Of course, there are endless applications for paper in the Western world; like its use in thinks book or art conservation, book arts, calligraphy, printmaking, painting, collage and so on. However, there are also those strictly Japanese paper arts, which are fairly well-known to the average modern day Japanese. For example, shōdo (Japanese style calligraphy),
money envelopes with noshi
chigiri-e, landscape, paper painting, paper collage Chigiri-e landscape.
chigiri-e (paper-tearing collage),and washi ningyo (paper dolls). Shōji and fusuma (sliding doors in Japanese style rooms) are quite common home interior components used everyday. Ritualistic uses of paper seen every day in daily life in Japan. Omikuji or horoscope papers tied to a branch or wooden stand.
omikuji, horoscope, superstition, Japanese life Omikuji or paper horoscope tied to a wooden stand on temple grounds. Photo take Sept, 2018
gohei, kamisama, shintoukyou, tohoku gohei (zig zag shaped papers) representing god, with rope (shimenawa) around old, red cypress tree. Photo taken Sept. 2018
Gohei hung from a shimenawa (rope) in this case around an ancient and sacred red cypress tree. Reminiscent of Miyazaki's Tonari no Totoro background scenes, yes? Washi , as you can tell, is one of my first loves in the realm of paper. My relationship with washi grew more intimate after moving to Japan in the 1980's, attempting to immerse myself in the Japanese culture and language. I came to learn that washi's inherent beauty exudes special powers of joy to those who use it. More than 50 years of collecting ephemera, close to 30 years of selling washi ; (now via Paper Connection), and working with the endearing papermakers in Japan, has lead me to this state of chronic washi-on-the-brain. Washi is part of my daily life both physically and emotionally and I really don't mind at all!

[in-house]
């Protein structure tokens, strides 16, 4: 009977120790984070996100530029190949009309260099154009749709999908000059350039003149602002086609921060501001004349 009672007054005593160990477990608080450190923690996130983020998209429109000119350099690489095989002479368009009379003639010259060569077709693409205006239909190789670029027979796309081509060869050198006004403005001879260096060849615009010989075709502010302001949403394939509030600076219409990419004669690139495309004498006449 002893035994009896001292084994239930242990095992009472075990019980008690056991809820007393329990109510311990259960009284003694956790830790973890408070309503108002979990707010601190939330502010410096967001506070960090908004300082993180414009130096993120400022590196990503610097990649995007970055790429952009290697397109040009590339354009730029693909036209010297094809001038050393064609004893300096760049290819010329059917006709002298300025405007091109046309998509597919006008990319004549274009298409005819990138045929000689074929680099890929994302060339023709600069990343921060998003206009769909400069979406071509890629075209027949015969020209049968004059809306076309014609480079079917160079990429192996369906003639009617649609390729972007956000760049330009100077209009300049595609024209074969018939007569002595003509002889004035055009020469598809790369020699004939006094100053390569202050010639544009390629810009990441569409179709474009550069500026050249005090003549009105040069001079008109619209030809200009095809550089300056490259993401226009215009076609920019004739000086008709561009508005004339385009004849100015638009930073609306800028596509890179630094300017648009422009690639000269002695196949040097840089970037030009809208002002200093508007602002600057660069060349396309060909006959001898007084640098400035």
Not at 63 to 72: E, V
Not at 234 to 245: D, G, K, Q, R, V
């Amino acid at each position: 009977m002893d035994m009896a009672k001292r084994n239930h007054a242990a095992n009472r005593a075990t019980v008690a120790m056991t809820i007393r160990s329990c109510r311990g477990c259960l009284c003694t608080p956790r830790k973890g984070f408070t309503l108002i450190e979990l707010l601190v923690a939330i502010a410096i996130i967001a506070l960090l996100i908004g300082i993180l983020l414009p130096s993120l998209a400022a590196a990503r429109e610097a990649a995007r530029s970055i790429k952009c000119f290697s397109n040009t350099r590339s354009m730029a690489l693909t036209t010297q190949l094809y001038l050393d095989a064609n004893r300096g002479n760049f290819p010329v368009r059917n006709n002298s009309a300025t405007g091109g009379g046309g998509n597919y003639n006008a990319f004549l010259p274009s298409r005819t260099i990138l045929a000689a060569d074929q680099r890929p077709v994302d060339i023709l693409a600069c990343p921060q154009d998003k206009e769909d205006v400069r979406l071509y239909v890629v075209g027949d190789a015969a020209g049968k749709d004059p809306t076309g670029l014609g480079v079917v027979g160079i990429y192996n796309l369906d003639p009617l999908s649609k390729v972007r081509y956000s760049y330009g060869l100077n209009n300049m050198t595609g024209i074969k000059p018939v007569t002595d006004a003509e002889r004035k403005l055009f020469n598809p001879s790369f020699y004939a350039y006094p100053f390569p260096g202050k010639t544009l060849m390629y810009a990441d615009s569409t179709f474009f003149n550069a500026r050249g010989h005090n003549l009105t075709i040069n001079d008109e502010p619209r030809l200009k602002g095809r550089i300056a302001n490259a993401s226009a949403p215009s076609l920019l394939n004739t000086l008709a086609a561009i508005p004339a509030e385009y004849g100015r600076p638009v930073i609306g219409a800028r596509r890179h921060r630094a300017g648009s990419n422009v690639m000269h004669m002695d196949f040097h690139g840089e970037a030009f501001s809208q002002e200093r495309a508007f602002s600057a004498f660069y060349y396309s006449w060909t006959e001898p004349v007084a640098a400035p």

Hikkake Echizen Magic August 15 2018

Echizen papers' exquisite sheen and patterning!
Echizen washi comes to us from Fukui Prefecture, a very famous paper-making area in western Japan. It is a region that is most recognized for production of Japan's notable paper currency. Echizen Washi is a special collection of paper with a sheen. Hikkake, the brocade-like patterns on surface of some of the Echizen papers are created by using a hand-soldered, large, metal watermark screen dipped in mitsumata fiber and then couched on a heavier base sheet. The pattern is literally like a smooth pulp painting that binds to the surface.
echizen, rice paper, washi, japanese paper, watermark, patterned paper Simple invitation card becomes super special printed on echizen washi.
The sheen of the mitsumata fiber emphasizes the patterns. These subtle and elegant papers are amazing for creating wedding invitations, gift cards and book arts.

Check out this fun link to a map of the Echizen washi production areas!


Sugikawashi! June 21 2018

Paper Connection Founder and President, Lauren Pearlman Sugita describes the exquisite paper, Sugikawashi! Check it out here: Sugikawashi

Knowing Yana September 19 2016

Paper Connection had the privilege of assisting in with the paper for a very special exhibit honoring the life and artwork of Yana Filkovsky-Saito. Her surviving husband Zen Saito, organized and curated this special showing of Yana's photomontage images; she called "vertipology", plus some color drawings. The exhibit was called Half-Life-Time-Capsules and was displayed at Gallery Sitka from late July to late August. Certain pieces are currently hung at Gallery Sitka West and by the end of the year, all pieces will move to a new memorial gallery/museum called YAM- Yana's Art Museum; now under construction in Bonaire.Awagami, AIJP, Yana Filofsky Gallery SitkaIn reading her artist statement, we thought the following truly articulated her goal of the pieces shown in Half-Life-Time-Capsules. Yana says: "My hope is that my work would resonate with a viewer regarding their own experience, which may be deeply personal, yet simultaneously universal in its essence. If it evokes a reassuring sense of strange familiarity, or familiar strangeness, in even just one of all viewers, then it has struck that chord." Fighting illness since she was a child, Yana's life may not have been an easy one, but her story continues to inspire us. Yana's strong desire to connect, comes through her photography and unique vision. We are fortunate we can return to her amazing artwork to know her more; to learn of her brilliance with art and technology. Thank you Yana. Your beautiful creations connected us to new aspects of Japanese papers, new digital photography techniques, but most importantly you bonded us to very special people in this world.
photomontage images Red Dress by Yana Filkovsky-Saito
drawingprintphotomontage imagesphotomontage images photomontage images All of Yana;s photomontage images and color drawings exhibited were printed on a Canon iPF6400 on AIJP Bamboo Paper now stocked at Paper Connection. Click here for more information. Photos above by Zen Saito, Lawrence Libby and Paperwoman.